A Philosopher’s Approach to Building Great Teams

In college, I was exposed to a philosophical construct called the “Original Position” created by the 20th-century philosopher John Rawls. The Original Position is a thought exercise, whereby we assume a blank-slate society and are tasked with developing a system of rules, values, and norms. Our new society could reward athleticism, productivity, or kindness, it could consolidate wealth with a small number of people, distribute the wealth evenly, or by whatever we consider meritorious. No matter the rules we devise, the thought exercise further stipulates that we wear a “veil of ignorance”. By pure luck or misfortune each of us could find ourselves representative of any one of society’s stations; low caste or high, naturally athletic or weak, beautiful or ugly, slow, average, or eminently intellectual. The exercise forces you to think about the justness and fairness of the rules we create in a society.

As the first engineer at Greenhouse, and later the head of the engineering organization, I was given a blank slate: a team which did not yet exist.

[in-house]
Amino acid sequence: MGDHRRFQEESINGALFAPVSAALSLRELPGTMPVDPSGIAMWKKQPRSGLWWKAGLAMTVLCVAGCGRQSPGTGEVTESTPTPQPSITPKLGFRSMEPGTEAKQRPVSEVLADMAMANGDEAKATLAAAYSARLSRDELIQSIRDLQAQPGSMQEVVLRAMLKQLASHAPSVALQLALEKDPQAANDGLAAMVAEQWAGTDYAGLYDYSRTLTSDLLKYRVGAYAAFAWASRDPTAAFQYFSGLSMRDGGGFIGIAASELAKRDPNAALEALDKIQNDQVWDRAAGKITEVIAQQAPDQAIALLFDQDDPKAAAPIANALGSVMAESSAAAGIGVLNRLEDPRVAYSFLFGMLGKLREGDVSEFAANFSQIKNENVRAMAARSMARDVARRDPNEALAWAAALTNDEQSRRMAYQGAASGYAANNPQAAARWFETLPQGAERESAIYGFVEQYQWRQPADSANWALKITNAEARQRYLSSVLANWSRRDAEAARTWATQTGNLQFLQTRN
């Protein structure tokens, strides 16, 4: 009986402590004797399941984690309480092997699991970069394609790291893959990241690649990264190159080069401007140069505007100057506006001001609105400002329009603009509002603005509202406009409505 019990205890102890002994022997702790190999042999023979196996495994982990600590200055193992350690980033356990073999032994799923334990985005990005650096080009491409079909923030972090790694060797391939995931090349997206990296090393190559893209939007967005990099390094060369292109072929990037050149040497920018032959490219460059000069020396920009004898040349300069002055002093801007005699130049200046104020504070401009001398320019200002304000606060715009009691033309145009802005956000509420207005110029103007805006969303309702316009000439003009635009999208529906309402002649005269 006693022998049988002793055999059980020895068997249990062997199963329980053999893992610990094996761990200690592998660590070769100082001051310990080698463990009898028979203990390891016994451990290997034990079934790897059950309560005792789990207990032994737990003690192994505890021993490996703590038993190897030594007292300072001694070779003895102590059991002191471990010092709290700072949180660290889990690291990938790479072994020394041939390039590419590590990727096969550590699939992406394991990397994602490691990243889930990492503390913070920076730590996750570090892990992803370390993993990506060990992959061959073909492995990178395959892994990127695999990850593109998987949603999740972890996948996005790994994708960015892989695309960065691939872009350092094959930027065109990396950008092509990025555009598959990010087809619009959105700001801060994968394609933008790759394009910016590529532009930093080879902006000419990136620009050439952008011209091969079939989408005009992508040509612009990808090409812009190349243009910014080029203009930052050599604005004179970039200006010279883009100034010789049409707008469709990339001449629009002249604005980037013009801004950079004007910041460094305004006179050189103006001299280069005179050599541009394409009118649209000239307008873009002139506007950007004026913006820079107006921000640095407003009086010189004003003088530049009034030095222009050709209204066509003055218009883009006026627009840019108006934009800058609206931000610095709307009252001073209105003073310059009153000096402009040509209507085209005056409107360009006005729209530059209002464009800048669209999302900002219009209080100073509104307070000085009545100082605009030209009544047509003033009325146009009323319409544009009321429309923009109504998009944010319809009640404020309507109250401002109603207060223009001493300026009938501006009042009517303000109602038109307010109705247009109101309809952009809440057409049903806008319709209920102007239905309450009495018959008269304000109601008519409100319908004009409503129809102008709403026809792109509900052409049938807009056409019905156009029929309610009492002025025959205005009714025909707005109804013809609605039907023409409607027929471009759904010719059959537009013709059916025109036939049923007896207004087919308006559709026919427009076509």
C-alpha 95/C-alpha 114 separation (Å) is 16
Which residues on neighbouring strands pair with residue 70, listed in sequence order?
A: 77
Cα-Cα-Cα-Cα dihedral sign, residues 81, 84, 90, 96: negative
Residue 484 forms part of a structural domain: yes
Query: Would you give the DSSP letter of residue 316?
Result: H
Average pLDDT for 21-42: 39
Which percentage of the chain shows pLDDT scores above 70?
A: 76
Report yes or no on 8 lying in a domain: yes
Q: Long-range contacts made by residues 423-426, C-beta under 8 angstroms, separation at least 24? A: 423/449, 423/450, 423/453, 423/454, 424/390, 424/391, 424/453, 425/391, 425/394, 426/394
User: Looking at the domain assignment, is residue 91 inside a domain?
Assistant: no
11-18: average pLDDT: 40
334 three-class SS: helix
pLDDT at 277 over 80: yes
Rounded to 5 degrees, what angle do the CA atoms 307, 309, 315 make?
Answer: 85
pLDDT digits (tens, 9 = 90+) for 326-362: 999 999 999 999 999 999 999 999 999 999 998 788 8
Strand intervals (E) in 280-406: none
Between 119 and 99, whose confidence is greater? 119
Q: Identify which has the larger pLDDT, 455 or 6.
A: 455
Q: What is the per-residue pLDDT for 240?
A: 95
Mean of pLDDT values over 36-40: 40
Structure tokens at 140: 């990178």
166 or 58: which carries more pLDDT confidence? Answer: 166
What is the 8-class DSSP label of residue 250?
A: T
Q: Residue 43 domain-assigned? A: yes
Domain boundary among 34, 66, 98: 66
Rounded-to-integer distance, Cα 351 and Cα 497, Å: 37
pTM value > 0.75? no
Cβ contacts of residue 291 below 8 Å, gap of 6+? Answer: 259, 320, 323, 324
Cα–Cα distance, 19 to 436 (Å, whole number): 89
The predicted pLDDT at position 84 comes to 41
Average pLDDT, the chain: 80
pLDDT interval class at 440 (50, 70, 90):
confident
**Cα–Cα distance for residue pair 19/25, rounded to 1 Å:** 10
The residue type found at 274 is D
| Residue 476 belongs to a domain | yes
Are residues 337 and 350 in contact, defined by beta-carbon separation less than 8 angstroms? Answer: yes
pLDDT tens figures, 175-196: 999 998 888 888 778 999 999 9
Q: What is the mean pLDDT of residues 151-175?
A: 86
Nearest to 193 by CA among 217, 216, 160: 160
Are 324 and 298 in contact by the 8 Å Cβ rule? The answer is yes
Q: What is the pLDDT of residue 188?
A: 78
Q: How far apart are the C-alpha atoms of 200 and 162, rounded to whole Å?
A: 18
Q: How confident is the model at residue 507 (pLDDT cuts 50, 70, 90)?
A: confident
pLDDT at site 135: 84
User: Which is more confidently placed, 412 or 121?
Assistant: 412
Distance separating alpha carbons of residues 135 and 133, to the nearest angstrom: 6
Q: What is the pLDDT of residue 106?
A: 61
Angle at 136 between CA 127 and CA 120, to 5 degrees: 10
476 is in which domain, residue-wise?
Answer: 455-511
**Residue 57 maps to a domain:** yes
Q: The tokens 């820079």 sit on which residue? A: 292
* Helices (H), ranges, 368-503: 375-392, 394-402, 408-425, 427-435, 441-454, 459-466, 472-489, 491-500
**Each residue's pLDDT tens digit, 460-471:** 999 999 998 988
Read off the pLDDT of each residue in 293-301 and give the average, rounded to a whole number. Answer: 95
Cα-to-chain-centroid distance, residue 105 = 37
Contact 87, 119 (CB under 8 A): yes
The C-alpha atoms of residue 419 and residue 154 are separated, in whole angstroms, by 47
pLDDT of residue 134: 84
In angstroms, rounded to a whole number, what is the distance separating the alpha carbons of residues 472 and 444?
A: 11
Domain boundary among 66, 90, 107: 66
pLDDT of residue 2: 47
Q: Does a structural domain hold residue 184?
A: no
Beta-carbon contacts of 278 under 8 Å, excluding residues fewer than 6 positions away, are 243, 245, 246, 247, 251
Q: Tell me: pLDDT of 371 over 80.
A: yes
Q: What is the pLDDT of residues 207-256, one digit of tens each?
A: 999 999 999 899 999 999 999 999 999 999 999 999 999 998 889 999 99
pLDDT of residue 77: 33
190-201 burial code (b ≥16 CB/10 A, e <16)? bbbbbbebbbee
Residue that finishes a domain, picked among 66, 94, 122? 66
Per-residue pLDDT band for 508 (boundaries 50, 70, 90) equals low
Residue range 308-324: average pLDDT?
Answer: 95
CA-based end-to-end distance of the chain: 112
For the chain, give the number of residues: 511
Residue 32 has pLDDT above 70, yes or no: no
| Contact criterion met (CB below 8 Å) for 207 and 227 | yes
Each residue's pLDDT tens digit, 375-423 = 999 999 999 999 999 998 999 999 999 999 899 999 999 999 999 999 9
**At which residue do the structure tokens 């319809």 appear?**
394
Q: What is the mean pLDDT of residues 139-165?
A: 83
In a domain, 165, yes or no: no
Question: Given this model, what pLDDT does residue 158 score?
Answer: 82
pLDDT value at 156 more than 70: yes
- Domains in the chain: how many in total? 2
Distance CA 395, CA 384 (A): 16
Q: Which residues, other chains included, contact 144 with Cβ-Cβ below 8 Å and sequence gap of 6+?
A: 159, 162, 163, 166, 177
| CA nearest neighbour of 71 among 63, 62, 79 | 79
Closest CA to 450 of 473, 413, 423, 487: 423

It struck me that I had found myself in a situation not unlike Rawls’ Original Position. I would be creating a new society. So, I started the thought exercise. What does a fair compensation system look like? What behaviors should be valued? What behaviors are unacceptable? What shape will my new society take?

A few weeks ago, I was given the opportunity to speak at the Firstmark Capital CTO Summit, and shared a vision of the Utopian work environment for software engineers that I’d come up with:

By no means comprehensive, this list of desires served as the foundation for how I would think about the rules, values, and norms that I would hope to cultivate in my new team as it grew from nothing to what is now a team of 60 engineers. The exercise helped me to be intentional in defining the core value system for the team I would build. Now, five years on, I am happy to report that this exercise has yielded a close approximation of the developer Utopia I’d imagined years before: a team of engaged, diligent, ever-improving, and pragmatic engineers who work everyday to make things better for our customers and for each other.

Starting from a blank slate, what shape will your society take?